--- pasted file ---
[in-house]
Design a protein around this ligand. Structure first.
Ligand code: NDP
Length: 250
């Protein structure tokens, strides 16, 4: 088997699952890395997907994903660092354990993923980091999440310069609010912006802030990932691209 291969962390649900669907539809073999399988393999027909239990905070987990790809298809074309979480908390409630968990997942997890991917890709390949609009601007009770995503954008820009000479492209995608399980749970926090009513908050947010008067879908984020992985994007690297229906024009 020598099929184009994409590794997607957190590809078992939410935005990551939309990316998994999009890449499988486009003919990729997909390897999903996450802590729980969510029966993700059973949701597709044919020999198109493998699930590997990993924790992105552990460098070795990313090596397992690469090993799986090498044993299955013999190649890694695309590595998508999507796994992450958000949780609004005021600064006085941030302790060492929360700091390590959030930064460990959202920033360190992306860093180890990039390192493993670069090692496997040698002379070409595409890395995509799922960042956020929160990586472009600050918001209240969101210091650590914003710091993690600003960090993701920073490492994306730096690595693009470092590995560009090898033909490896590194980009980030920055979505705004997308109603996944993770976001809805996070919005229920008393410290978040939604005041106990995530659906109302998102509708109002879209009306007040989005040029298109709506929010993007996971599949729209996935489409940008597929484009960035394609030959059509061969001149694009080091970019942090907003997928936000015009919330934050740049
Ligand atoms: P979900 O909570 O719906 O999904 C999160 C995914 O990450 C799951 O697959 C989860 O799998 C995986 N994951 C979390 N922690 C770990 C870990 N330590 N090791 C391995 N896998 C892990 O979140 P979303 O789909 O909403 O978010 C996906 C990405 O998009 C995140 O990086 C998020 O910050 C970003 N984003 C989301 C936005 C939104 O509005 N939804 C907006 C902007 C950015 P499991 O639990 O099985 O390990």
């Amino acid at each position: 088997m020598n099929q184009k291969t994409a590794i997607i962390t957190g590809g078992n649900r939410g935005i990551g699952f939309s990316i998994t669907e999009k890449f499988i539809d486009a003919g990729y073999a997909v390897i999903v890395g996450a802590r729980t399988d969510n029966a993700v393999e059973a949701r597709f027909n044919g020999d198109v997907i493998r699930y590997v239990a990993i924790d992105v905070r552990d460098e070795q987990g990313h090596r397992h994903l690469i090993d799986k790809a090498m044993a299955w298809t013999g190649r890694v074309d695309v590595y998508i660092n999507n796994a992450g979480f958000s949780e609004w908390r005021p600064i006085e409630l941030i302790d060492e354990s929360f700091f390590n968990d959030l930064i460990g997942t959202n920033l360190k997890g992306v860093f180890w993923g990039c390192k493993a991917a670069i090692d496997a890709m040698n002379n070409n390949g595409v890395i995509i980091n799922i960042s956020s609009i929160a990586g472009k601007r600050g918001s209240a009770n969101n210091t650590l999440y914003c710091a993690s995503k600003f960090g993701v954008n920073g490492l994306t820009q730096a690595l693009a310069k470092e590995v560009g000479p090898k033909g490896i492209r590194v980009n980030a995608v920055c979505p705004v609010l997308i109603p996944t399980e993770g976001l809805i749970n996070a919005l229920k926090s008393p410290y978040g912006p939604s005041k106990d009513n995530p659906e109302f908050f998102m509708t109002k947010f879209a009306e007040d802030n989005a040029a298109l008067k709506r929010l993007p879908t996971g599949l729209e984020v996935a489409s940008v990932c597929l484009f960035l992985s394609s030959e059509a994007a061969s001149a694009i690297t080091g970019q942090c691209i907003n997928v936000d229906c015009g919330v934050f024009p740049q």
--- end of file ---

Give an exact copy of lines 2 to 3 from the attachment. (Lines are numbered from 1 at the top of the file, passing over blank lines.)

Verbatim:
Design a protein around this ligand. Structure first.
Ligand code: NDP